Deployment Architecture

How to transform data prior to indexing

Path Finder

Hi,

I am using Splunk to collect perfmon data from my servers as well. however, the data i am indexing currently is very raw and I believe its consuming much more space in the index that it really should. I am compensating for this currently by reducing the collecting frequency, this is less than ideal though as i then lose resolution over time, I'd rather have a slightly less accurate value, more often.

What I really want to do is transform this data as part of the collection process so that it consumes less space in the indexes eg

Currently:
% Processor Time = 25.1536939345647248
Memory MBytes free = 10182
% disk Space free = 49.753237234302468
NIC RX bytes/in = 690.58168126768078
NIC TX bytes/in = 949.90804335349833

What I would like to do is transform all of these values so that I get say, 6 significant figures only.

transformed to consume less space:
% Processor Time = 25.1536
Memory MBytes free = 10182.0
% disk Space free = 49.7532
NIC RX bytes/in = 690.581
NIC TX bytes/in = 949.908

I use deployment server, so if this transformation could be done as part of the collection, even better.

Has anyone done anything like this?

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1 Solution

SplunkTrust
SplunkTrust

The traditional approach to transforming just-prior-to-indexing is to use SEDCMD. With the right regular expression, this should work. However, it may not be entirely pretty and/or mathematically correct.

(props.conf)

[mysourcetype]
SEDCMD-foo = s/=(\s+)([0-9.]{7})(\d+)/=\1\2/

Note I've not tested this regular expression, it may not work properly at all ...

View solution in original post

Contributor

ok, well, you dont need math to achieve this space saving endeavor. using scientifc notation simply modifies the units via # notation. and, you dont save byte space simply by converting to scientific notation, you only save byte space if you roundoff/truncate. you can SEDCMD the input data and normalize it say to E+3 or E+6 (whatever, etc) then round/truncate. then perhaps do a custom field extraction and name it with units attached, eg "kB" or "MB" or whatever. you can roundoff/truncate/normalize with SEDCMD, etc.

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Path Finder

ok,

Thanks you to all involved on this question. I think the answer is clear.

dwaddle hit the nail on the head. Splunk doesn't really see a number, it just sees a piece of information that takes up a a number of characters. Regex is perfect for finding patterns in strings, but it doesn't do math for you.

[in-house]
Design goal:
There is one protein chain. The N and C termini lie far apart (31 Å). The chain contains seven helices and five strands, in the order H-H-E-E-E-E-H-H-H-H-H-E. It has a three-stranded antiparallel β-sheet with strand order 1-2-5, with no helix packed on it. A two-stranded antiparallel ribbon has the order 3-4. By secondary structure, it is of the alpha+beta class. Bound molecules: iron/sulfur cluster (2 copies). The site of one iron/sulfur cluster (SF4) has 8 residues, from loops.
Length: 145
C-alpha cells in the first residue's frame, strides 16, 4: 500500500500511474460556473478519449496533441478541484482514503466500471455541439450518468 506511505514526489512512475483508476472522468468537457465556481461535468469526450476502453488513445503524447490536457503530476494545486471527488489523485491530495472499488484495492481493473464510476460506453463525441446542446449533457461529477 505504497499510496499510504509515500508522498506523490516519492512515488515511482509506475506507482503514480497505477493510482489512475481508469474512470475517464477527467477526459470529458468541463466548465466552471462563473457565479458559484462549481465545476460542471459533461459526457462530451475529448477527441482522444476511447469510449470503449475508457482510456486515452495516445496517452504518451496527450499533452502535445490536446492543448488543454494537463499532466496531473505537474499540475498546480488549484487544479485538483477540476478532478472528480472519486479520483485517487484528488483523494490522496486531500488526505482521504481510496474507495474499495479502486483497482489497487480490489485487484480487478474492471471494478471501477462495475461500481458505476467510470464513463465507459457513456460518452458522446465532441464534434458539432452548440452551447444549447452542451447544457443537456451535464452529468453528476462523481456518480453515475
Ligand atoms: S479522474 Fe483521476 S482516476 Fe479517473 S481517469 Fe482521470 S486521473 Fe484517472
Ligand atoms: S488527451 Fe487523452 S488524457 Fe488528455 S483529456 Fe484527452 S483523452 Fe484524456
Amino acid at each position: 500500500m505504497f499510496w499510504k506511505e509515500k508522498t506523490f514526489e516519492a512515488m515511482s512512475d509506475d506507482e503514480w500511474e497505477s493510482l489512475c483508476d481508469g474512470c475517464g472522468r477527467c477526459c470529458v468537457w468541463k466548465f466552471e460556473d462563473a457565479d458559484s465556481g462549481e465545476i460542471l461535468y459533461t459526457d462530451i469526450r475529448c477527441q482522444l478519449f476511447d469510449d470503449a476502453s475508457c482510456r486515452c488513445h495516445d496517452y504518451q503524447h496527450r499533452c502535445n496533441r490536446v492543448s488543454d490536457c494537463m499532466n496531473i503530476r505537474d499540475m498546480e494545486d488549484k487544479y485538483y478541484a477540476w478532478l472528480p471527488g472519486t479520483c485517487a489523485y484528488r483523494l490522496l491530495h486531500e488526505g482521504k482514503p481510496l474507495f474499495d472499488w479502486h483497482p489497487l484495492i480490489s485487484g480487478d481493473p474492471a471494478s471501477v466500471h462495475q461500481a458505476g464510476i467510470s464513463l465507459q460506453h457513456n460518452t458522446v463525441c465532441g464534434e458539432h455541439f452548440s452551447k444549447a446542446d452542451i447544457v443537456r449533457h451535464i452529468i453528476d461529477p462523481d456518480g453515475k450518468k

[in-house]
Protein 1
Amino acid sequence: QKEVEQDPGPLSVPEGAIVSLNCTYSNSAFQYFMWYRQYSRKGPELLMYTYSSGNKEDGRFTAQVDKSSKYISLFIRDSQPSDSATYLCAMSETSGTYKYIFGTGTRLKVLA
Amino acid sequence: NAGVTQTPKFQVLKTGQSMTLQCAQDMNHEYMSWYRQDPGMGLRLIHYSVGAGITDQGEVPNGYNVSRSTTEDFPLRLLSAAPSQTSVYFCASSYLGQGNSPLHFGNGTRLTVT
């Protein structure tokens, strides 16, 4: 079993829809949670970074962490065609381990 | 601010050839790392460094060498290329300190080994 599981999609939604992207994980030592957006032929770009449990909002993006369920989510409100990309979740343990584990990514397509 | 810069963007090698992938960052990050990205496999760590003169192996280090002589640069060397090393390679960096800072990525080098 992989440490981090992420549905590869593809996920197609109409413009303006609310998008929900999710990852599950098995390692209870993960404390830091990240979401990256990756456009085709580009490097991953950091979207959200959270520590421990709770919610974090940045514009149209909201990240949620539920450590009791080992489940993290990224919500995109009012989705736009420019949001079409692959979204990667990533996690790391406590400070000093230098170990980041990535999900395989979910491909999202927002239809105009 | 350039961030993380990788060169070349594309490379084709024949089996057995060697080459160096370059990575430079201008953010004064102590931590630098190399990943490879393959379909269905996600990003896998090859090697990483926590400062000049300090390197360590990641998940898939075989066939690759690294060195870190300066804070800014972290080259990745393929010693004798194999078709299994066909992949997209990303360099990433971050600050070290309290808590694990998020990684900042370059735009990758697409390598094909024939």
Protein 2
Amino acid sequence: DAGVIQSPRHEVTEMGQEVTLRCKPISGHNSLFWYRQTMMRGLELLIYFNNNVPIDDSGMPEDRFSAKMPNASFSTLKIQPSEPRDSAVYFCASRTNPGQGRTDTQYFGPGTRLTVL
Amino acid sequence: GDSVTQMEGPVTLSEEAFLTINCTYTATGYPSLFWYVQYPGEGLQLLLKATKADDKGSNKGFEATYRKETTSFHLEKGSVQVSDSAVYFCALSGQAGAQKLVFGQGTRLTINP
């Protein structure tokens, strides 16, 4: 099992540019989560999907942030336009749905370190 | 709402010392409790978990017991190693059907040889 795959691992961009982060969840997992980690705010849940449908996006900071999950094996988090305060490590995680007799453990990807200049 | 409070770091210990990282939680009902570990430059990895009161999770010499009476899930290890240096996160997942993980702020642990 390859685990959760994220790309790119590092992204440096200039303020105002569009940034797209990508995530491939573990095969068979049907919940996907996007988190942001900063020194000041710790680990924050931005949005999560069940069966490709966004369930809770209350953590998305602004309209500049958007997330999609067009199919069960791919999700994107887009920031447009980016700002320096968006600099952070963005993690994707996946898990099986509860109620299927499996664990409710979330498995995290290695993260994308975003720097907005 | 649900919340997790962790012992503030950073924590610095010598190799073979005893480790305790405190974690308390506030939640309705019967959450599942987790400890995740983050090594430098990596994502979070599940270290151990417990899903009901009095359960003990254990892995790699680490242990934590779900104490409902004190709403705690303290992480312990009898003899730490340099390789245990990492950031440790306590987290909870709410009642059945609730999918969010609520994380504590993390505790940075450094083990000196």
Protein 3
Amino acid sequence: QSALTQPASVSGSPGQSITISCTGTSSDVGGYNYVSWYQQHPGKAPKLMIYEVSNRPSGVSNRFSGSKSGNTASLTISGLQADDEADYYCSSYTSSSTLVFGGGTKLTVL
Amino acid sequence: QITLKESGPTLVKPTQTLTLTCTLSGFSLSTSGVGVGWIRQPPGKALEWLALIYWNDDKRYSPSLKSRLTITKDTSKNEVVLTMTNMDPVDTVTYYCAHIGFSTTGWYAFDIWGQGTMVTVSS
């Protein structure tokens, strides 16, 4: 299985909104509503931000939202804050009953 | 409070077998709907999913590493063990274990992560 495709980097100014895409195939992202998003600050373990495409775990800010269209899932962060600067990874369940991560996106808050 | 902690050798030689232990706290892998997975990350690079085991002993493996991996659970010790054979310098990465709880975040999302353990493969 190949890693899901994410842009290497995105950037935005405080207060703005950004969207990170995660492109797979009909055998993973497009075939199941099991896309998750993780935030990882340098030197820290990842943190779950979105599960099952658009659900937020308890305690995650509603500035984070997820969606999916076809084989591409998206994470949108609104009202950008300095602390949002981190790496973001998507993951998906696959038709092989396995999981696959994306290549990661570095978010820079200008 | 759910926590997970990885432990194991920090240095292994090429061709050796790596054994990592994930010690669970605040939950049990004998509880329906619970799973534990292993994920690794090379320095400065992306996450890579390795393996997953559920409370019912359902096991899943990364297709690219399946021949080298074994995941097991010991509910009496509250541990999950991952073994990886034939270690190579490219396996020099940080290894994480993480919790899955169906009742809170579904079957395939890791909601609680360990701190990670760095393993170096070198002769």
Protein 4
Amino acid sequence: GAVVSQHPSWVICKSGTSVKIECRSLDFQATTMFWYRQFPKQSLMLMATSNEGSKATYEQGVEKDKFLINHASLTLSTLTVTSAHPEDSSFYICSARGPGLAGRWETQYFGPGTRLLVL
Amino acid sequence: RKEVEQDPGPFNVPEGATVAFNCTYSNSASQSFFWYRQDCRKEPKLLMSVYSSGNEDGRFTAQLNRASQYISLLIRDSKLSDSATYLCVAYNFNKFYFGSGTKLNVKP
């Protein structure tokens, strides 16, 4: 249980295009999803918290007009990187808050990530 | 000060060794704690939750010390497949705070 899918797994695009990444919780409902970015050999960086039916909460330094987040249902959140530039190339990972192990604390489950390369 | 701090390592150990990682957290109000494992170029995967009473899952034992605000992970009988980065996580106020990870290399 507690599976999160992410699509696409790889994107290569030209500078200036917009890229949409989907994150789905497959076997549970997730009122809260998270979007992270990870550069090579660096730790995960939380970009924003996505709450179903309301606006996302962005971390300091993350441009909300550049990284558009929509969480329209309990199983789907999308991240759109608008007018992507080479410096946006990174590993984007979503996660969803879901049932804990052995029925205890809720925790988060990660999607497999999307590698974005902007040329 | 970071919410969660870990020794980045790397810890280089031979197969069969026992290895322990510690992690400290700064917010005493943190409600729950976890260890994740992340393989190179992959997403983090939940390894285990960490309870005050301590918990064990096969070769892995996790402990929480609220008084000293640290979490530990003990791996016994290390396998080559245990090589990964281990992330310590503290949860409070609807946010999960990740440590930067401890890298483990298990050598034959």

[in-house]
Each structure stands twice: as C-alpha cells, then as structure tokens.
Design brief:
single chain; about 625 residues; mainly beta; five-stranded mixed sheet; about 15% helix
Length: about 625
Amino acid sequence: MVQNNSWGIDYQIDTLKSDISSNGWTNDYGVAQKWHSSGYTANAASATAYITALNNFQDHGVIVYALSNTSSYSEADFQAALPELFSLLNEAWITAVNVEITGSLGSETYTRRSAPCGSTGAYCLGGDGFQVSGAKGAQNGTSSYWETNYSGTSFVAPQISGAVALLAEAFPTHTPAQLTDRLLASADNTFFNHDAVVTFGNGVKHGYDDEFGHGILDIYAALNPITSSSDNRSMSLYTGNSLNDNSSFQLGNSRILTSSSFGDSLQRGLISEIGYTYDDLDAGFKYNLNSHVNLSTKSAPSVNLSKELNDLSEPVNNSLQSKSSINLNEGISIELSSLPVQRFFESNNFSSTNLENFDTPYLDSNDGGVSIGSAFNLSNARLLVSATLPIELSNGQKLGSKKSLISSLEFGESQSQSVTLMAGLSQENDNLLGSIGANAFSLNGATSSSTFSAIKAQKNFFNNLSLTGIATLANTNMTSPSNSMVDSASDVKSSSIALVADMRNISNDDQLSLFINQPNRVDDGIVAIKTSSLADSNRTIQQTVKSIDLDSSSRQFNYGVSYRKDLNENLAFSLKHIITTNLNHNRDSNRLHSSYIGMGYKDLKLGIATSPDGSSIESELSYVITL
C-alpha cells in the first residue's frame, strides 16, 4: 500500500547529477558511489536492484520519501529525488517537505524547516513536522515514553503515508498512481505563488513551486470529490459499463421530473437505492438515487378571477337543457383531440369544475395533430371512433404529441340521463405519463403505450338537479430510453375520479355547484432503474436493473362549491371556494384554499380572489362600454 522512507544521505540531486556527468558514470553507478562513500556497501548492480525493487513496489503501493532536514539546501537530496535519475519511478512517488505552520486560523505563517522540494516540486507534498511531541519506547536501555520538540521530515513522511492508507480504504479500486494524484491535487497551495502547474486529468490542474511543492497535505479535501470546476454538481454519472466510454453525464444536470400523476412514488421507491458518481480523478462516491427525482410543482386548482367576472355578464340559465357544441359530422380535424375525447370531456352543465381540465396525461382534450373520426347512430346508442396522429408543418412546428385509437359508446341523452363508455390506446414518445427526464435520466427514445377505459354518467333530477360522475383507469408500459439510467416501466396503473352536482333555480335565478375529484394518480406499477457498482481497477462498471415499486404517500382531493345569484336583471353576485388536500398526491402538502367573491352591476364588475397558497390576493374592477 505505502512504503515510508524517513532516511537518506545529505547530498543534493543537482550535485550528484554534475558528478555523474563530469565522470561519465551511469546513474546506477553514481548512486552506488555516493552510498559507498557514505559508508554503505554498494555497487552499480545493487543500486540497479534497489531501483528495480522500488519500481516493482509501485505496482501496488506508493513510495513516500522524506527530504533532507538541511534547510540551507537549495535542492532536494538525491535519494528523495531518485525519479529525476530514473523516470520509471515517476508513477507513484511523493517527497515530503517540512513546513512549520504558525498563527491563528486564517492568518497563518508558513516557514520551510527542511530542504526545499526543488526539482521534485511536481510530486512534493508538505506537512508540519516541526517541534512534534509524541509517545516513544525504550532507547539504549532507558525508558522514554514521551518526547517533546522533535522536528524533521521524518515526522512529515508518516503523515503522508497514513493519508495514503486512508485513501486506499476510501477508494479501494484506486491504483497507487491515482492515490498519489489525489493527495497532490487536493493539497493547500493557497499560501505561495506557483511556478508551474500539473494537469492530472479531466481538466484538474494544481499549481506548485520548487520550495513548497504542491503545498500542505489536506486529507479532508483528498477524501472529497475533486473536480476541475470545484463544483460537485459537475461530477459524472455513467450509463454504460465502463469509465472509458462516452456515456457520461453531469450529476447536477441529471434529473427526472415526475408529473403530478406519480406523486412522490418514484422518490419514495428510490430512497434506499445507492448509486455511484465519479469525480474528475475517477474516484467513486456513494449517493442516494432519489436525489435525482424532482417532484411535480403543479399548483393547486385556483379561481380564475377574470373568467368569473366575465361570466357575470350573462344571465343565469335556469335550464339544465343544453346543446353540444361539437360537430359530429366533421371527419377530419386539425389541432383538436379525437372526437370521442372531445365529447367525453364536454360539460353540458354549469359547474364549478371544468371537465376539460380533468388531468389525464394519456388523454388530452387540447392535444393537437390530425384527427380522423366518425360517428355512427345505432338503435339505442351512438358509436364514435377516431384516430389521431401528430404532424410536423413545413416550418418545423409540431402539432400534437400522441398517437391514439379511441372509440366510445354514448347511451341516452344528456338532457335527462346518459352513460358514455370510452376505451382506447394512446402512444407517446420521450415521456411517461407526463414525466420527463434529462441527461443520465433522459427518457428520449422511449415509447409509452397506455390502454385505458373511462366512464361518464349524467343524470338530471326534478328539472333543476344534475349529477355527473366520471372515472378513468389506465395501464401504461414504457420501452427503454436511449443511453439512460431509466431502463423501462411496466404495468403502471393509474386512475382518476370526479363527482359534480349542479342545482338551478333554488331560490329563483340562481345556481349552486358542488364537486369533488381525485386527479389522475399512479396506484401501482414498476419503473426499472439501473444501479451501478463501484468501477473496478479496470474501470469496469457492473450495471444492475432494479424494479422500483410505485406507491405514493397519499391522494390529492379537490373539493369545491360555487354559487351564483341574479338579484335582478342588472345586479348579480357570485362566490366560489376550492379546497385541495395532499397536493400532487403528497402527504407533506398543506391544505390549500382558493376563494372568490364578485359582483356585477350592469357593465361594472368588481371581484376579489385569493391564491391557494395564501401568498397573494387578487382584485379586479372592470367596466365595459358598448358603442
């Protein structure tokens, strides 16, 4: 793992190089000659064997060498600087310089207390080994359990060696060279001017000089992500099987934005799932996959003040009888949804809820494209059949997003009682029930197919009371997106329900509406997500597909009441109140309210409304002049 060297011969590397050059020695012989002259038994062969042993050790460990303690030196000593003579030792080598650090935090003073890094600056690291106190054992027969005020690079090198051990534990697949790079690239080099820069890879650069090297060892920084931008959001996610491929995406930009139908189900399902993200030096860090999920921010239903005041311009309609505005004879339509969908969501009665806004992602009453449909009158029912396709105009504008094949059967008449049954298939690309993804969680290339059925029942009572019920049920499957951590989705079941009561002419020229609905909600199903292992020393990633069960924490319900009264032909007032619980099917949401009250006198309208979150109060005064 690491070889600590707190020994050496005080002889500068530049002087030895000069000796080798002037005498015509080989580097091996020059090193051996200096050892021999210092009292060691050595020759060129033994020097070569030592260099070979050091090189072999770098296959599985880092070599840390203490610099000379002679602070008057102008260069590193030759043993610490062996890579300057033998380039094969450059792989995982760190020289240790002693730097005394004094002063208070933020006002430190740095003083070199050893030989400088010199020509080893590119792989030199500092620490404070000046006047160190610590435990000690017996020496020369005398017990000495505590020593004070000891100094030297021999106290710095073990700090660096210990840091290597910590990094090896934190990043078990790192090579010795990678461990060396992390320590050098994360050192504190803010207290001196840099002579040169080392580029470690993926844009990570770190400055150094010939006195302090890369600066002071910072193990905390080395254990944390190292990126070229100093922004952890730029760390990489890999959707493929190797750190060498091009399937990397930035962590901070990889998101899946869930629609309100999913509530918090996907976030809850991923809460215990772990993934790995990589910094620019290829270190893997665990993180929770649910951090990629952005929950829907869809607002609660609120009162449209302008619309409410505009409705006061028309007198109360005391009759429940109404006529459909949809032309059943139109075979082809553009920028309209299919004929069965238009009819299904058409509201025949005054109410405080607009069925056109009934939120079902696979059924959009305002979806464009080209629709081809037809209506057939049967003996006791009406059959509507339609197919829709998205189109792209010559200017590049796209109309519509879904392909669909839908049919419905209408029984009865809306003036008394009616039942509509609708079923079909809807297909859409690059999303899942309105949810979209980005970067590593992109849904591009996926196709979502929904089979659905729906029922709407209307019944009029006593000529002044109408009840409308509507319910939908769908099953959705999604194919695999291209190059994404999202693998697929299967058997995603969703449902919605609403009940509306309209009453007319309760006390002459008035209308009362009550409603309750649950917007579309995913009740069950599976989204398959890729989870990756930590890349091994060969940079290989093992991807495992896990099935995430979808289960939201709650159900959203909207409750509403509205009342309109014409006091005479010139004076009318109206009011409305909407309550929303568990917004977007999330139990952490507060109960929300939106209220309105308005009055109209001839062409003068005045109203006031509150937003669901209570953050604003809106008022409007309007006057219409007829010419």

This is fundamentally a math problem. There doesn't seem to be a way to perform math on incoming data, one day there might be, but for this particular problem Splunk isn't actually the right tool for the job anyway.

I will stop collecting this perfrmon data in Splunk and collect it in Nagios. This way I can use more of our Splunk license on ingesting application logs that will give us the best value. We can still correlate application events against high CPU, high network IO etc we just won't be able to do it within the same tool!

Cheers!

C.

0 Karma

SplunkTrust
SplunkTrust

The traditional approach to transforming just-prior-to-indexing is to use SEDCMD. With the right regular expression, this should work. However, it may not be entirely pretty and/or mathematically correct.

(props.conf)

[mysourcetype]
SEDCMD-foo = s/=(\s+)([0-9.]{7})(\d+)/=\1\2/

Note I've not tested this regular expression, it may not work properly at all ...

View solution in original post

Path Finder

Its just an example, but I could use a really big number to demonstrate aswell e.g. my NIC reports that the current Tx rate is 3949787710 bytes/s (10 char). Would you rather see that 10 digit number eating away your index or would you rather see it putting 3.950E9 Bytes/s (7 char) instead?.

The later consumes 30% less space in your index with only a minimal loss of precision over the original value.

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Contributor

what is the significance of 1.23457x10^-6 ?? that is a rather small number. if 10E-6 with hundreths at that unit scale is the resolution you need then regex out 8 digits, so 0.00000123

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SplunkTrust
SplunkTrust

Yeah, you'll need something way more powerful than this SEDCMD-based approach. Part of your problem is at this point in the indexing process, Splunk really doesn't know what is a "number" and what isn't -- it only sees strings of characters.

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Path Finder

I wondered if a regex might work, (and it does for the cases I have shown above, apart from memory)

But I think I need it to be a bit smarter and reformat a number into a scientific notation.

Otherwise an input of say 0.000001234567 will become 0.00000 if I use regex, so it really needs to be shown as 1.23457x10^-6

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